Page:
Definition of va-va-voom in English:


Pronunciation /ˌvä vä ˈvo͞om/ /ˌvɑ vɑ ˈvum/


  • The quality of being exciting, vigorous, or sexually attractive.

    ‘she's lost none of her va-va-voom since giving birth to her daughter’
    • ‘Dolce & Gabbana are the people to go to for curve-hugging va-va-voom.’
    • ‘Presenter Catherine Zeta-Jones also looked smoking hot and defined va-va-voom in her form-fitting, red, beaded, Versace gown complemented by her feminine, flowing, raven hair.’
    • ‘And for full-on red carpet va-va-voom, the big-budget Sin City, from the golden triumvirate of Frank Miller, Robert Rodriguez and Quentin Tarantino, should be hard to beat.’
    • ‘In common with many Scots, Fraser has little faith in the Executive's va-va-voom, and sees a failure of leadership in its approach to many of the big issues facing the country post - devolution.’
    • ‘There was no doubting the style from the Minstermen, especially in the first half, but the substance was missing and after the brightest of openings there was no va-va-voom, no oomph, no spark.’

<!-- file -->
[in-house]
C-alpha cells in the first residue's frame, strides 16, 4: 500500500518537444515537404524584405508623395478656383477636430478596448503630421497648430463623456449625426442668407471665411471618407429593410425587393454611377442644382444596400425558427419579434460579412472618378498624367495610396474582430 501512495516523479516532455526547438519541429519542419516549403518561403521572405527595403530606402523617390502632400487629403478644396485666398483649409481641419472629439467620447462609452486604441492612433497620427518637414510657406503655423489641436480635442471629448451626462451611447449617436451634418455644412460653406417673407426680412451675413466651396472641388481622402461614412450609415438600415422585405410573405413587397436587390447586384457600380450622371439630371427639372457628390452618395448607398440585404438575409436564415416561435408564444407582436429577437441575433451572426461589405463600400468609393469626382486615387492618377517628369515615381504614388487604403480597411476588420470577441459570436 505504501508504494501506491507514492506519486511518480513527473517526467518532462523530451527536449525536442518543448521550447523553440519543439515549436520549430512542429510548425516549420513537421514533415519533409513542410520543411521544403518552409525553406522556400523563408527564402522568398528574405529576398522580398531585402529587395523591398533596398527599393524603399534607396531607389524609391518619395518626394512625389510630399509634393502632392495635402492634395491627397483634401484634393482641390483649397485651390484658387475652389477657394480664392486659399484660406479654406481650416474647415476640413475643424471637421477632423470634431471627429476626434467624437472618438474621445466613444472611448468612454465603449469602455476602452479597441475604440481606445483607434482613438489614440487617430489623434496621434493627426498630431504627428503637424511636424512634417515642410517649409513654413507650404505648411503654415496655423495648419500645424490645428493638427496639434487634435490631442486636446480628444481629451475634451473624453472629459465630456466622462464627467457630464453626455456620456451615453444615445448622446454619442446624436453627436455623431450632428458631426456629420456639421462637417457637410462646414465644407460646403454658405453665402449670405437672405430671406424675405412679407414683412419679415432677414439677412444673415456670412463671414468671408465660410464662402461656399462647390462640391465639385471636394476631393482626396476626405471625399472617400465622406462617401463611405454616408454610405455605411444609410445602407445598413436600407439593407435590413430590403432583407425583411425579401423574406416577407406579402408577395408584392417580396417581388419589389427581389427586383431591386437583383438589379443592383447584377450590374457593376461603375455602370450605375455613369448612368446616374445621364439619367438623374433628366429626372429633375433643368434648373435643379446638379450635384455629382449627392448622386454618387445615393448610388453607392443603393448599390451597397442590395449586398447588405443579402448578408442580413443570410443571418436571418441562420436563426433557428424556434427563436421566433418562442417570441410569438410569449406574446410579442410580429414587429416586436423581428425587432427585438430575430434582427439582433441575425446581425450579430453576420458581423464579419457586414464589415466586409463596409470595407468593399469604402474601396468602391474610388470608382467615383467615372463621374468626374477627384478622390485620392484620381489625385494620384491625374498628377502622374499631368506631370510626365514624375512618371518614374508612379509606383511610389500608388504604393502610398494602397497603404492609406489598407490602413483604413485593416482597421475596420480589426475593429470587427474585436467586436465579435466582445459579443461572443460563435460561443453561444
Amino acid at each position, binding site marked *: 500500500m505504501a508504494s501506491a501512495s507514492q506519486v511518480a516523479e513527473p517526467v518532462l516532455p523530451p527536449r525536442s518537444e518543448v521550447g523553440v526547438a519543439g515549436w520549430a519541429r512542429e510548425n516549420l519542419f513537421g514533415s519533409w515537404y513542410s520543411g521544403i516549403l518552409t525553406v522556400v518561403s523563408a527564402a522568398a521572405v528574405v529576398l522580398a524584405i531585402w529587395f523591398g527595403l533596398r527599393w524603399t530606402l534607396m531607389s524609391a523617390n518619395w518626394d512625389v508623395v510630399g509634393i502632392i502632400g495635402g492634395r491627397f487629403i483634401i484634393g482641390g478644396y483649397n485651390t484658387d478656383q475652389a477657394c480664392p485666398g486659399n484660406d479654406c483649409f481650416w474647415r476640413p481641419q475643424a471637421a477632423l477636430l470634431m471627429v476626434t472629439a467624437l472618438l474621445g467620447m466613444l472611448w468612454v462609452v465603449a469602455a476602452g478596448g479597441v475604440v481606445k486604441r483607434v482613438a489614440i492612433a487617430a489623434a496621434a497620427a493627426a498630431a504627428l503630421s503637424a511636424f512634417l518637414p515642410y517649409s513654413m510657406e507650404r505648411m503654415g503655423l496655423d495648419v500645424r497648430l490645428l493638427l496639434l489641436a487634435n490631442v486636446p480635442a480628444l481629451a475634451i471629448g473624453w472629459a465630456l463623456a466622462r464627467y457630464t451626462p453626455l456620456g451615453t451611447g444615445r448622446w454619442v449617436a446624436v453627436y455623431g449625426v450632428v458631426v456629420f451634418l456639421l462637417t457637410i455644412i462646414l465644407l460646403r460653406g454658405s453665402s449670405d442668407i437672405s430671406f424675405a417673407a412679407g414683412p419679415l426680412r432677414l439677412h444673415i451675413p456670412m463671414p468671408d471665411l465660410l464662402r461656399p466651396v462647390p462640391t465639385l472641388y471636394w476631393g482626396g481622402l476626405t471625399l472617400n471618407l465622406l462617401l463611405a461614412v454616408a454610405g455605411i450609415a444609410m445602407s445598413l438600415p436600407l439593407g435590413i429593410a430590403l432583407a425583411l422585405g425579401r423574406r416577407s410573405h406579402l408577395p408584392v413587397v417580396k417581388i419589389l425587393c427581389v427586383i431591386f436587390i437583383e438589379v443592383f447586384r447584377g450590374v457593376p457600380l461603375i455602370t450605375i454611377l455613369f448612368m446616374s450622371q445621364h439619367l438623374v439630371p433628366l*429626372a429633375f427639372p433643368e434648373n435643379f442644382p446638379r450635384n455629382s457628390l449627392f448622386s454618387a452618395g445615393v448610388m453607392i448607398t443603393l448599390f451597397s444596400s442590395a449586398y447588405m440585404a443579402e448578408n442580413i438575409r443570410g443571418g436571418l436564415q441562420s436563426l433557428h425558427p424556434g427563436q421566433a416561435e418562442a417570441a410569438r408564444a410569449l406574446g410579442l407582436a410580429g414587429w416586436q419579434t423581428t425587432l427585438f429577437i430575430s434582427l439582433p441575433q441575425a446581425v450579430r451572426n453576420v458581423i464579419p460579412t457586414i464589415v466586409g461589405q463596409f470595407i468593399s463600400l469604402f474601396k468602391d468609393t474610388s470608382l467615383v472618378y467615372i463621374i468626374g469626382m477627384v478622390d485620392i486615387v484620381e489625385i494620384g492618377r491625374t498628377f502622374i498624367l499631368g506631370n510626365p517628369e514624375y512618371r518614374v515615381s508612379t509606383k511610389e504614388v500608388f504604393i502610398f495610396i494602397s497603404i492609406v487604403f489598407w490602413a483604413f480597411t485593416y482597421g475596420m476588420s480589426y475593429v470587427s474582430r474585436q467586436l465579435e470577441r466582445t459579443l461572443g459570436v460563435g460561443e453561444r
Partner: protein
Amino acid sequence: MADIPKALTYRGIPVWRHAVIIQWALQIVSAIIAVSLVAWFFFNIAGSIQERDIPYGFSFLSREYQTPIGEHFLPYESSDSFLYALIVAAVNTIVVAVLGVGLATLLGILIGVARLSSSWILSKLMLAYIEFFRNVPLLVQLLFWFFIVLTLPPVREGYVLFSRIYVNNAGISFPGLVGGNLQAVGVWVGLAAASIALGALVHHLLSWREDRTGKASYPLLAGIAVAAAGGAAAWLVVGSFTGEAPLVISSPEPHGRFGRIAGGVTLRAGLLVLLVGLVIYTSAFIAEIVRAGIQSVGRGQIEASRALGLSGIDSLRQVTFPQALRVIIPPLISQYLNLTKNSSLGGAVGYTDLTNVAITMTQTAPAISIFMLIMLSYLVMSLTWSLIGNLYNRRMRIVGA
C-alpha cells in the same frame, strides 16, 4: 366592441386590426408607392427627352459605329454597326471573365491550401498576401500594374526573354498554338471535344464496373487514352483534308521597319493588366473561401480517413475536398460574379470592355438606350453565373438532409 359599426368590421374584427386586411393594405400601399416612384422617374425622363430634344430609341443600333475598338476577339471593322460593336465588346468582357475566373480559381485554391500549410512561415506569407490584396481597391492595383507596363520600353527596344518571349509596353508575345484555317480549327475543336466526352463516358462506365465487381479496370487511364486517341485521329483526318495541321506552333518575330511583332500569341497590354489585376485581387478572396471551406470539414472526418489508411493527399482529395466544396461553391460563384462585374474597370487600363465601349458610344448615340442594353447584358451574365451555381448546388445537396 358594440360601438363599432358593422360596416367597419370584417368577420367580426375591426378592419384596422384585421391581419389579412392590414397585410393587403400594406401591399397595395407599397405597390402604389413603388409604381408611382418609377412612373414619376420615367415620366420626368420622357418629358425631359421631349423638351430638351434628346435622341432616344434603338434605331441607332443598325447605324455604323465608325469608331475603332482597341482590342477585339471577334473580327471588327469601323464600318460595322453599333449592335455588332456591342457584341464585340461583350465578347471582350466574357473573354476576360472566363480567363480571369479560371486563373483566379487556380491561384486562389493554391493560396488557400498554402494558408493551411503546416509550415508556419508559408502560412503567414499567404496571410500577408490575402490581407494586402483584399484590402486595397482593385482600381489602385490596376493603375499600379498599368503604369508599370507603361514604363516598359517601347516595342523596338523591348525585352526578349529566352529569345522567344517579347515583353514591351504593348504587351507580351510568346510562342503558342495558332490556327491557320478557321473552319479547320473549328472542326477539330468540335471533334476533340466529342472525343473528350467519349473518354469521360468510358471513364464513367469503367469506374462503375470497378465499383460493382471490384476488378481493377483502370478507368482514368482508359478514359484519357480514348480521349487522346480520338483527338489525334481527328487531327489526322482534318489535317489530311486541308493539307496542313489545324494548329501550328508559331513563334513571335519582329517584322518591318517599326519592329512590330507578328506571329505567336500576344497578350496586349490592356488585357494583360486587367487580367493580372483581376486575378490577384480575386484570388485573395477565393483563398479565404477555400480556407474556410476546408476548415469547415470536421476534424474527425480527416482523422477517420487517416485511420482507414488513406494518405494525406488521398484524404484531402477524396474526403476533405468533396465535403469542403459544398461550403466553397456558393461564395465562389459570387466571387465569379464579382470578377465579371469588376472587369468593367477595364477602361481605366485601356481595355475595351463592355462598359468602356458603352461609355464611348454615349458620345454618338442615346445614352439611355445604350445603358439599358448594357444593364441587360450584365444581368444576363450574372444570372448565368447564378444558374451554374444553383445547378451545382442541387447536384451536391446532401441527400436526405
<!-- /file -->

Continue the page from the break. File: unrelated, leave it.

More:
• ‘And it's also a way of injecting a bit of verve and va-va-voom into a long-time staid art scene.’
    • ‘I know it's a predominantly French characteristic, but the Germans are showing a bit more va-va-voom in this half.’
    • ‘Even a simple game of Tetris has a bit more va-va-voom in full colour.’
    • ‘Alexander McQueen leather boots with 80 mm heels will give any outfit va-va-voom, while Yves Saint Laurent boots are pricey, at £575, but worth every penny.’
    • ‘Tim Sherwood today backed Tugay to put the va-va-voom back into Blackburn Rovers' season.’


  • Sexually attractive.

    ‘her va-va-voom figure’
    • ‘Far from being depressed, I've relished my new body and been delighted to flirt with my new va-va-voom curves and cleavage.’
    • ‘Then, there were the va-va-voom designer fashions from Tootsies shown in a dazzling runway display.’
    • ‘She's wearing her own label, Lamb - va-va-voom sweater, jeans that look sewn on - with a bare face and wet hair.’
    • ‘How could people possibly think I'm so va-va-voom?’
    • ‘But perhaps not every day can be a va-va-voom day.’


1950s (originally US): representing the sound of a car engine being revved.



/ˌvä vä ˈvo͞om/ /ˌvɑ vɑ ˈvum/